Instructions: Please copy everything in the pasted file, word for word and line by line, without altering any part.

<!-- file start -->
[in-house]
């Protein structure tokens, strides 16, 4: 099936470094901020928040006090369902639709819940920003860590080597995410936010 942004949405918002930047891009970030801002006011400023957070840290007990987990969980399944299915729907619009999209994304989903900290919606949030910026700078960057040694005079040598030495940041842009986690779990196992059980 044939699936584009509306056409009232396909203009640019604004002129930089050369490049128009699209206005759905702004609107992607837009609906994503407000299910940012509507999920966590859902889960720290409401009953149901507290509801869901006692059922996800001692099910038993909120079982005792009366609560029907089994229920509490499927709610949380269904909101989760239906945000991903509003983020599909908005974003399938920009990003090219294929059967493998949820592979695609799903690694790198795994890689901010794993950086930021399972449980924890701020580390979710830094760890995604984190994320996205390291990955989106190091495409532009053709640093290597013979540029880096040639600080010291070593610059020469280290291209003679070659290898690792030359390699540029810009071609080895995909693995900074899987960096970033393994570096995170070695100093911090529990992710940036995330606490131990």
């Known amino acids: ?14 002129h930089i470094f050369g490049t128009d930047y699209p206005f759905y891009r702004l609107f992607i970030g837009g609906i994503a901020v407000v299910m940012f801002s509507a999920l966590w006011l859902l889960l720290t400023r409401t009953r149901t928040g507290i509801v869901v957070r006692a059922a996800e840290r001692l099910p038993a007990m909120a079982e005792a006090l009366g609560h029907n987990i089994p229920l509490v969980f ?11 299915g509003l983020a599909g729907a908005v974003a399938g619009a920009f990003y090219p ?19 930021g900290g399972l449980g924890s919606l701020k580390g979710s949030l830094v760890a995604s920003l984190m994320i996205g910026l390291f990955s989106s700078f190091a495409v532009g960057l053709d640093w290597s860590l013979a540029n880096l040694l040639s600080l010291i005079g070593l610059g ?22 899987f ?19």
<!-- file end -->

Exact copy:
[in-house]
């Protein structure tokens, strides 16, 4: 099936470094901020928040006090369902639709819940920003860590080597995410936010 942004949405918002930047891009970030801002006011400023957070840290007990987990969980399944299915729907619009999209994304989903900290919606949030910026700078960057040694005079040598030495940041842009986690779990196992059980 044939699936584009509306056409009232396909203009640019604004002129930089050369490049128009699209206005759905702004609107992607837009609906994503407000299910940012509507999920966590859902889960720290409401009953149901507290509801869901006692059922996800001692099910038993909120079982005792009366609560029907089994229920509490499927709610949380269904909101989760239906945000991903509003983020599909908005974003399938920009990003090219294929059967493998949820592979695609799903690694790198795994890689901010794993950086930021399972449980924890701020580390979710830094760890995604984190994320996205390291990955989106190091495409532009053709640093290597013979540029880096040639600080010291070593610059020469280290291209003679070659290898690792030359390699540029810009071609080895995909693995900074899987960096970033393994570096995170070695100093911090529990992710940036995330606490131990």
């Known amino acids: ?14 002129h930089i470094f050369g490049t128009d930047y699209p206005f759905y891009r702004l609107f992607i970030g837009g609906i994503a901020v407000v299910m940012f801002s509507a999920l966590w006011l859902l889960l720290t400023r409401t009953r149901t928040g507290i509801v869901v957070r006692a059922a996800e840290r001692l099910p038993a007990m909120a079982e005792a006090l009366g609560h029907n987990i089994p229920l509490v969980f ?11 299915g509003l983020a599909g729907a908005v974003a399938g619009a920009f990003y090219p ?19 930021g900290g399972l449980g924890s919606l701020k580390g979710s949030l830094v760890a995604s920003l984190m994320i996205g910026l390291f990955s989106s700078f190091a495409v532009g960057l053709d640093w290597s860590l013979a540029n880096l040694l040639s600080l010291i005079g070593l610059g ?22 899987f ?19």